Twelve-year-old Oscar (Kare Hedebron), bullied at school, lonely and silently revengeful, befriends his new neighbour, palely androgynous Eli (Lina Leandersson) also twelve. She encourages him to fight back against his schoolboy tormentors, and gradually they realise their love for each other. But her arrival coincides with a series of bloody attacks and murders, and she displays strange characteristics which cause Oscar to realise she is a vampire. Local suspicion of the girl grows, and she prepares to run, seemingly abandoning Oscar as he prepares to face up to the bullies’ leader. The climax, involves a grisly outcome in the local swimming baths, and a brief suggestion of a fantasy world constructed from unhappiness and an empty apartment next door, before it ends with questions raised regarding the possibility of a life together for the strange couple, whether they can escape the consequences of Elie’s nature, and the price that Oscar will pay.
Former Swedish TV director Tomas Alfredson’s first feature film mixes the teen fantasy vampire genre with a realist strand of teenage romance, and one of school bullying, and turns these apparent mismatches into an unexpectedly visual, emotive and affecting version of the horror genre. The chill beauty of the location and cinematography acts metaphorically for the theme and dialogue, producing a remarkable original take on the vampiric norms, by a director who claims no previous knowledge or interest in the genre yet has skilfully reinvented its use of iconography, for a twist on audience expectations.
Alfredson’s wry description of his film as ‘Romeo and Juliet, written by Strindberg’ neatly combines two key aspects of the focus put on this adaptation of John Ajvide Lindqvist’s novel and screenplay. Alfredson places the emphasis firmly on the developing pre-teen love story between the meekly pale and lonely Oskar, and his strange, equally pale, new neighbour Eli, his mirror image, dark, active and strong. But there, despite the romance focus, the ‘Twilight-esque’ comparisons end, since Eli’s undead status is more Swedish than Hollywood vampire-light; a coolly semi-realist depiction of the fantasy myth.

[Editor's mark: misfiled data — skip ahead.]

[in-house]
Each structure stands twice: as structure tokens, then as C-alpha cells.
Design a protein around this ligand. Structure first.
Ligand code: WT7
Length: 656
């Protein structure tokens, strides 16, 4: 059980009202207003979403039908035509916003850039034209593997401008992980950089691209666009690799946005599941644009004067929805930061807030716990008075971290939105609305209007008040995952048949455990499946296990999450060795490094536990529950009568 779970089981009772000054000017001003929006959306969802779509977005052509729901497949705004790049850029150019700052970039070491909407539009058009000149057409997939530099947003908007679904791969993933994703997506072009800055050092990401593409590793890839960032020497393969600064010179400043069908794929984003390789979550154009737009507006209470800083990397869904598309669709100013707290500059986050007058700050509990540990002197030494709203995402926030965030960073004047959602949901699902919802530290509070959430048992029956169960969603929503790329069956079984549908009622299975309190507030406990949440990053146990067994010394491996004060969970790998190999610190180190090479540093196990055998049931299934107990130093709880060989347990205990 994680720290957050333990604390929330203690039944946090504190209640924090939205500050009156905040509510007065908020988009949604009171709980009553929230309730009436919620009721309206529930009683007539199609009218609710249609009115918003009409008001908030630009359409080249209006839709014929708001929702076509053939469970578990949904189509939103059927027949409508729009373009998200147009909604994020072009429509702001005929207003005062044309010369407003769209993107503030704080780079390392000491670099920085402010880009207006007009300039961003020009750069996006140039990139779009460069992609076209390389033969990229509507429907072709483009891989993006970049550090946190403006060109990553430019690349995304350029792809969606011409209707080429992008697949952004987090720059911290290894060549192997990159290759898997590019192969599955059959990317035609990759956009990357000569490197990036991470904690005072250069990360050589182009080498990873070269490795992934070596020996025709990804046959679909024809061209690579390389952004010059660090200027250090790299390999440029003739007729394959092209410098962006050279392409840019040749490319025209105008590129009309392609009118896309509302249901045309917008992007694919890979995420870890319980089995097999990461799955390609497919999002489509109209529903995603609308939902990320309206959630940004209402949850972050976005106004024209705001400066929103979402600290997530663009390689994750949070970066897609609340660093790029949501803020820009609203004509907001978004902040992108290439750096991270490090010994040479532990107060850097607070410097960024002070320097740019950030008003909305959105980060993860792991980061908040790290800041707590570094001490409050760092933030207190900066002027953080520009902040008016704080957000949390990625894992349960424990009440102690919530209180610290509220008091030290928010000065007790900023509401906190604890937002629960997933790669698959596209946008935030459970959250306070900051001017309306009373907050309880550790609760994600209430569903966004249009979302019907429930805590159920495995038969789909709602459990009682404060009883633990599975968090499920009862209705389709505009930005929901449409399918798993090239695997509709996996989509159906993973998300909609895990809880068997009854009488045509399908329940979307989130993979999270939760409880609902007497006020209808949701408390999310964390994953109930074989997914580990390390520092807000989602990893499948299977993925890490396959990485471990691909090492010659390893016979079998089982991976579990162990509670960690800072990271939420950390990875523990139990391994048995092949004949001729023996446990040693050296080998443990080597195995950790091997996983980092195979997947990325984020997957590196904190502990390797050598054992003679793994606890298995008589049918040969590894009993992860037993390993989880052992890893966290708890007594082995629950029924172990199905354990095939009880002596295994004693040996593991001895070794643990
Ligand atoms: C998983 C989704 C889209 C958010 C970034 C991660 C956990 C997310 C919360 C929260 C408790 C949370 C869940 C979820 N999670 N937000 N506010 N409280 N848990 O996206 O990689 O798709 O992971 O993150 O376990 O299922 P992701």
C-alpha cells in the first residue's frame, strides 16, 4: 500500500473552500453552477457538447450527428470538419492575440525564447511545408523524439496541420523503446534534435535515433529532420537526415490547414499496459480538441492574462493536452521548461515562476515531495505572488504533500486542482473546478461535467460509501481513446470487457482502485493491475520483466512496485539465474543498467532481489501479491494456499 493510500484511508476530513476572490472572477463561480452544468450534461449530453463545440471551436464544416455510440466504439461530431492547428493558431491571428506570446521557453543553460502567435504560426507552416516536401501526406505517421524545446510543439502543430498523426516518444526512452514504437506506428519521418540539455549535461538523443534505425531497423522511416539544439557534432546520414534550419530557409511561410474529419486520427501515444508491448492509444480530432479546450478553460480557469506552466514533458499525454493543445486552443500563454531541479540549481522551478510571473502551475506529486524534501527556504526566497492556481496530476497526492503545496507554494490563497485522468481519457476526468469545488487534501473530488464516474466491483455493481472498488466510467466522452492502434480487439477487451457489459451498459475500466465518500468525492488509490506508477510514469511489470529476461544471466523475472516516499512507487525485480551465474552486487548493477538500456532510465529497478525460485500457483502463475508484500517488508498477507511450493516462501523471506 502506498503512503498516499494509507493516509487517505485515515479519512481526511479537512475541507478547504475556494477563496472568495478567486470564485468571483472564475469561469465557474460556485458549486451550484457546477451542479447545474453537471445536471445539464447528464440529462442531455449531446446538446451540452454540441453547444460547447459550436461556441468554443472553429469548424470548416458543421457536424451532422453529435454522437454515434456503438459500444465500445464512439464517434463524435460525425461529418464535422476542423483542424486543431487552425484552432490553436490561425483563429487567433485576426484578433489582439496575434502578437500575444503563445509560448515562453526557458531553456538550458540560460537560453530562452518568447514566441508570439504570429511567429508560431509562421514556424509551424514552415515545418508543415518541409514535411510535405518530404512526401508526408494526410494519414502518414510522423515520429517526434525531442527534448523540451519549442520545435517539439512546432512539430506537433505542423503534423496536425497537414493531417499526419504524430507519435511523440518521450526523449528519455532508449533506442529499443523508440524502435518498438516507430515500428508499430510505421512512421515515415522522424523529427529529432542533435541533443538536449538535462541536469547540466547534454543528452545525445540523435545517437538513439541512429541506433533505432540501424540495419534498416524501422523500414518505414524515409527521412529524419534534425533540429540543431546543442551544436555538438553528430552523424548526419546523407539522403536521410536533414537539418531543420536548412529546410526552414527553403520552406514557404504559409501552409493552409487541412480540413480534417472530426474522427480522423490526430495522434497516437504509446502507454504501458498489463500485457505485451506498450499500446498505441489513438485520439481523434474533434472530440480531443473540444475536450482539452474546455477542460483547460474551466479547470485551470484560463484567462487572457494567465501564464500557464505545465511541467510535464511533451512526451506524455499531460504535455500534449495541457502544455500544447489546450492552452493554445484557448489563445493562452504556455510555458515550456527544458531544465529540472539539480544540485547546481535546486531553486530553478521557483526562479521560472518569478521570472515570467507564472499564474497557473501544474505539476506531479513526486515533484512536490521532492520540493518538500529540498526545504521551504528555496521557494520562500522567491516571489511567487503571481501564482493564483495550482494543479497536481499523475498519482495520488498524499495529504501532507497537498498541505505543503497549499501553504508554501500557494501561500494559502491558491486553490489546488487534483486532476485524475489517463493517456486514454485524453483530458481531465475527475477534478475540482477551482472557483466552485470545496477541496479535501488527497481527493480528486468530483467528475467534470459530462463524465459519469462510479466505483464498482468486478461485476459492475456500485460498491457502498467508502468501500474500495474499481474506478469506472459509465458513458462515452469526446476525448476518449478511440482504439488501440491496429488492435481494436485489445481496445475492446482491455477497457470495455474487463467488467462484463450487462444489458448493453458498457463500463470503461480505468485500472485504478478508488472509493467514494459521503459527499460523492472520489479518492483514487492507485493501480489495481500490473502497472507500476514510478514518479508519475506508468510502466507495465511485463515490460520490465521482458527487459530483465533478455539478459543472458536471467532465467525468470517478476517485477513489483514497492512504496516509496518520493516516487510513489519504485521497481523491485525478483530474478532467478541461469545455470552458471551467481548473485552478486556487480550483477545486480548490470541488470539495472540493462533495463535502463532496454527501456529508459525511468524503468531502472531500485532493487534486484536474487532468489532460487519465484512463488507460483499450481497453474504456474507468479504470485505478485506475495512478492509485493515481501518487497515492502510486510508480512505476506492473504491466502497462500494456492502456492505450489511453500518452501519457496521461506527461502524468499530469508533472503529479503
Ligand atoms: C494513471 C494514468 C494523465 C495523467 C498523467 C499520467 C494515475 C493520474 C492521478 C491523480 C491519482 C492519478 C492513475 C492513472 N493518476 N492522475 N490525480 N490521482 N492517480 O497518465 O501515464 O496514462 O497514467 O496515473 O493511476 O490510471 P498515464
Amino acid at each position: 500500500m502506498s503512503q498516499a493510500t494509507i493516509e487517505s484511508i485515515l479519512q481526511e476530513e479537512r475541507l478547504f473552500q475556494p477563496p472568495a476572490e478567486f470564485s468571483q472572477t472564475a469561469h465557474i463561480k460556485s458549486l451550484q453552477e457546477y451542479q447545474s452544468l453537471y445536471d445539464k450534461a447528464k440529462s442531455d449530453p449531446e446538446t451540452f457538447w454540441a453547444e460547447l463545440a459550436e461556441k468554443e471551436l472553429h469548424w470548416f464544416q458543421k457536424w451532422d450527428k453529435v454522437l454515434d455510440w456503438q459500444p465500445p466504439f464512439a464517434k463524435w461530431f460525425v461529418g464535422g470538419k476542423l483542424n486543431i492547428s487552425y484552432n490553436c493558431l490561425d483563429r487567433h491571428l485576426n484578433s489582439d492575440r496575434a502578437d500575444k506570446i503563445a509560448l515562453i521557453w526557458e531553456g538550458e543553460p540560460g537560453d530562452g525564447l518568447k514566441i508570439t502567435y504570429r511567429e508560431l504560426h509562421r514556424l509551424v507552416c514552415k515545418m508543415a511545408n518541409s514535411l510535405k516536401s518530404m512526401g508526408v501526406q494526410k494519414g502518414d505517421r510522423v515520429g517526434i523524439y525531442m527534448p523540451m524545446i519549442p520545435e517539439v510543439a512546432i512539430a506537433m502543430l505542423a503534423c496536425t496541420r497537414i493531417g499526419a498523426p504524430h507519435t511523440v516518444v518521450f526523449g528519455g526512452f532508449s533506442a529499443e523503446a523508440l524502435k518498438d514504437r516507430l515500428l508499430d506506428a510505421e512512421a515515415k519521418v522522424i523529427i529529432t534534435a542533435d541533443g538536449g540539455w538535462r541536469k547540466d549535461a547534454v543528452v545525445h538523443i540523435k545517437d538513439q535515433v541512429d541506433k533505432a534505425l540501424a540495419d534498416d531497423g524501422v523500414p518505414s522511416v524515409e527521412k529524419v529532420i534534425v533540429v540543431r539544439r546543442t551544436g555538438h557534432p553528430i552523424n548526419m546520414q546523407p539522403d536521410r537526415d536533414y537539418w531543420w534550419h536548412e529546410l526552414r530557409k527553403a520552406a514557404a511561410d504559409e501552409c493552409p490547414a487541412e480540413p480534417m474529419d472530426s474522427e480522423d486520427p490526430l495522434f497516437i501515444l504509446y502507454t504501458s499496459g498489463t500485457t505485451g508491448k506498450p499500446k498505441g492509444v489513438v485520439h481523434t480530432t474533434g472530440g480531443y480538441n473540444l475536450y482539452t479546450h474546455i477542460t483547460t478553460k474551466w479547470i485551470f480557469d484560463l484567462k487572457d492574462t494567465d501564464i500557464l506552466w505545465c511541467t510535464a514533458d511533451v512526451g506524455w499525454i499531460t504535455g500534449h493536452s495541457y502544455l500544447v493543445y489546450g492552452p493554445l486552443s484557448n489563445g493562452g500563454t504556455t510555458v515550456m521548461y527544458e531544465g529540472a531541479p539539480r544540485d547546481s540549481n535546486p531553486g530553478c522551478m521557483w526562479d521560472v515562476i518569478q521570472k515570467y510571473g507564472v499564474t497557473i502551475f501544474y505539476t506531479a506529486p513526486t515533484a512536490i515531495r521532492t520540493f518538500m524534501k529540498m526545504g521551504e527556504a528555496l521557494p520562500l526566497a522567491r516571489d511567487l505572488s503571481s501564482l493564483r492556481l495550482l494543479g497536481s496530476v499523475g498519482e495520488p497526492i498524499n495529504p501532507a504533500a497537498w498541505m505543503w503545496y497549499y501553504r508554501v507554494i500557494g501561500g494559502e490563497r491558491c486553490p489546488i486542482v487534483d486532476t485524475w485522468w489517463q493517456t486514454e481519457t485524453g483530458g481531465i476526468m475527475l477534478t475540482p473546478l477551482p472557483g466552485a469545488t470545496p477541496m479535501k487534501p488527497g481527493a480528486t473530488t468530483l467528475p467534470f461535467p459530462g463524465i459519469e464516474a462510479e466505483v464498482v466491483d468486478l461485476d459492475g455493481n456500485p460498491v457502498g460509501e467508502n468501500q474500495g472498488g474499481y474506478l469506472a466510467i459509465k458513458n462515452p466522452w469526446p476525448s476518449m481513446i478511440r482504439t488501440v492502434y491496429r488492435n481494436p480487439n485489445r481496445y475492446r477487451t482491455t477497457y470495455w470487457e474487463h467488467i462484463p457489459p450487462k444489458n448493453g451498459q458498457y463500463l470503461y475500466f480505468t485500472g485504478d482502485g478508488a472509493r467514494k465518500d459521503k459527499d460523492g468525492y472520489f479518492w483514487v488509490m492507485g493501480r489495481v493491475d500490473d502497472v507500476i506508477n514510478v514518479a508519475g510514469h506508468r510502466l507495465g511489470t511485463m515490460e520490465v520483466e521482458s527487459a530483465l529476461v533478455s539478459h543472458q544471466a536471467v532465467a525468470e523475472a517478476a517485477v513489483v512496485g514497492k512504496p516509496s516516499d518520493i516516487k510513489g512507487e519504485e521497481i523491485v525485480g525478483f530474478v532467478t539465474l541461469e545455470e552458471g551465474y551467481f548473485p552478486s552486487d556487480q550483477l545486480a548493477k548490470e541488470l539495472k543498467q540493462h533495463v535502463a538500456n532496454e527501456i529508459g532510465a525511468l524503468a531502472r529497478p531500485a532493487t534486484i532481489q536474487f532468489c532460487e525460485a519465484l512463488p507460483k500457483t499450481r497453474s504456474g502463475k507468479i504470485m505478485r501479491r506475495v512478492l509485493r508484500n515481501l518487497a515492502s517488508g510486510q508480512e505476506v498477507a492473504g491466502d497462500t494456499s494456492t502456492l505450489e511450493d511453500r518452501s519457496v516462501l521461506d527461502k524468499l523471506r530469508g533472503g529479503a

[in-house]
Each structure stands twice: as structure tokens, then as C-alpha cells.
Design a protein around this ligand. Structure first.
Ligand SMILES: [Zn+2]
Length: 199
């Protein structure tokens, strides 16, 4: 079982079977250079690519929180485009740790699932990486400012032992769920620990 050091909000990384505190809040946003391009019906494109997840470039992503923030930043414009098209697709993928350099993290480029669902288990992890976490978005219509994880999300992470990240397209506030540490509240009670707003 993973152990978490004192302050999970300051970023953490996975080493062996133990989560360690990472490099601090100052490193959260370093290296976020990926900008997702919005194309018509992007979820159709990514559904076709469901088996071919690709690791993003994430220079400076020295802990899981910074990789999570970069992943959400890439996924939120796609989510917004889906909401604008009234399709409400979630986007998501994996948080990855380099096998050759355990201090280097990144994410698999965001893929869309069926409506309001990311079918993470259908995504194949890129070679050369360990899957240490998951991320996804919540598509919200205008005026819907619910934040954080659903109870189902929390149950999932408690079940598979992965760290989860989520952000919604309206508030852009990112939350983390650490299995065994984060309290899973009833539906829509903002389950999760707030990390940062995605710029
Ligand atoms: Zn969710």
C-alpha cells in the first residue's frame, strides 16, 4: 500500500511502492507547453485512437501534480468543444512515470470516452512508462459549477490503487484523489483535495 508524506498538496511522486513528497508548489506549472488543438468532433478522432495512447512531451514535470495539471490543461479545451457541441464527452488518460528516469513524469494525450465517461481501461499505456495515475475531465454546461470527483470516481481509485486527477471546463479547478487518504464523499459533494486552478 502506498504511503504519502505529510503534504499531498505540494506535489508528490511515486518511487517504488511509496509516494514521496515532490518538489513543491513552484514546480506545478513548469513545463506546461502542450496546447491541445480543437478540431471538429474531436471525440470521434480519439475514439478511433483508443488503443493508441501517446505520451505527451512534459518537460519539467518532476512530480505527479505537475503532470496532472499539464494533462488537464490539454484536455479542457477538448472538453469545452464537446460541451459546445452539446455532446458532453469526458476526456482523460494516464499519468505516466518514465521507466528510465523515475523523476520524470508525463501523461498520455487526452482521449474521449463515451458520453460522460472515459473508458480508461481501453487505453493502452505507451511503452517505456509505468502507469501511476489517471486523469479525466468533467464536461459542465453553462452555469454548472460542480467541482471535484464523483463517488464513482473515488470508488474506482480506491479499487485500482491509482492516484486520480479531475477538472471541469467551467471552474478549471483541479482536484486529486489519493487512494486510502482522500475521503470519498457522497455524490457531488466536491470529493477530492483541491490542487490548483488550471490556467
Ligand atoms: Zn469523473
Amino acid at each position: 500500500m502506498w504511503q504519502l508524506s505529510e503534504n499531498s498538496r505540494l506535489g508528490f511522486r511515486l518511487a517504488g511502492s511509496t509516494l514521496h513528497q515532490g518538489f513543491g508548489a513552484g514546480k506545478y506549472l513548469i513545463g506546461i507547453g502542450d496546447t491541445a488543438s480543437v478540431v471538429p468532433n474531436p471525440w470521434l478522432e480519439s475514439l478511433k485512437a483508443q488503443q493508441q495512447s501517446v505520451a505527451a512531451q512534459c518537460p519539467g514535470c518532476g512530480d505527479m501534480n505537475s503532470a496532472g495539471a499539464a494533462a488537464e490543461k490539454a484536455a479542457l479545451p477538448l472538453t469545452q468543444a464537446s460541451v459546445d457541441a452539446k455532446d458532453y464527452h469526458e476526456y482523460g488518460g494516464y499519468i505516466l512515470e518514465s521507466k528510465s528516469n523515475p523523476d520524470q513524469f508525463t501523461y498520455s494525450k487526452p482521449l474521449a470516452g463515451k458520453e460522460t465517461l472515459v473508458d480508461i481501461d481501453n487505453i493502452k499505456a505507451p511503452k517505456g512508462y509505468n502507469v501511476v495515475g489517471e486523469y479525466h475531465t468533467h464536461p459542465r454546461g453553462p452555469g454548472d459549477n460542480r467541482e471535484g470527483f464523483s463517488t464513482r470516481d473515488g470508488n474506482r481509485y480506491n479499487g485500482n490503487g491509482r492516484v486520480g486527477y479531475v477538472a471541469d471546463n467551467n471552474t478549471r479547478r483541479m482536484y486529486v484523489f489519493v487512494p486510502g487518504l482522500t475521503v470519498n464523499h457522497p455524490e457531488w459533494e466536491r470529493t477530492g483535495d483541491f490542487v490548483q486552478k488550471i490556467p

Critic, Philip French, points out that the vampire pervades Swedish art, from Edvard Munch’s ‘Vampire’, through to numerous Strindberg heroines, indeed the remix in this version links back to Dreyer’s Vampyr with its strangely androgynous, yet female-named, undead one, here reworked in the ambiguous sexuality of Eli, whose appearance seems to belie her declaration that, ‘I am not a girl’; one of many moments left open for viewer interpretation of unresolved verbal or visual hints.
Alfredson’s re-Vamp of the genre turns on this light establishing of the factual or fantasy status of events. The combination of the horror myth with the well-trodden themes of coming of age narratives, make both new. To this end, Oskar’s state as a passively bullied 12-year-old is placed at the centre of his characterisation; opening scenes depicting his violent knifing of a tree and his collection of newspaper cuttings of murderers and suicides making clear his revengeful powerlessness.
The location is detailed through the cold barriers and concrete structures of suburban Stockholm; ostensibly the Blackeberg housing estate of the novel, but mostly filmed further north, in Leth, to increase the metaphoric and the actual, coldness of the urban snowscapes. The realist stylistics can be discerned in a narrative centred on domestic and school settings, and played out in the various parental failures surrounding the young couple, from Oskar’s non-communicating divorcing parents to the elderly man Hakan, who cares for Eli, and who later proves to be another area of unexplained ambiguity, perhaps a former lover. Yet, even these day-to-day elements are imbued with a Gothic air, from the horror techniques used in the shooting of some of the school corridor scenes, to the betrayal through casual neglect of Oskar’s visits to his father. They are more explicit in Hakan’s grim though inexpert blood-gathering excursions, yet conversely the filming remains observationally matter-of-fact. The objects and locations, 1980s blocks of flats, the playground where Oskar and Eli meet, and the Rubik’s cube which he presents to her, increase this realist air, seen too in the naturalistic dialogue of the young people’s developing relationship: their exchanges as Oscar slowly takes in the uncanny aspects of his companion, notably seen in the scene where, lying side by side in bed, they discuss, without resolution, the nature of Eli’s life, her age, and questions over her gender and humanity.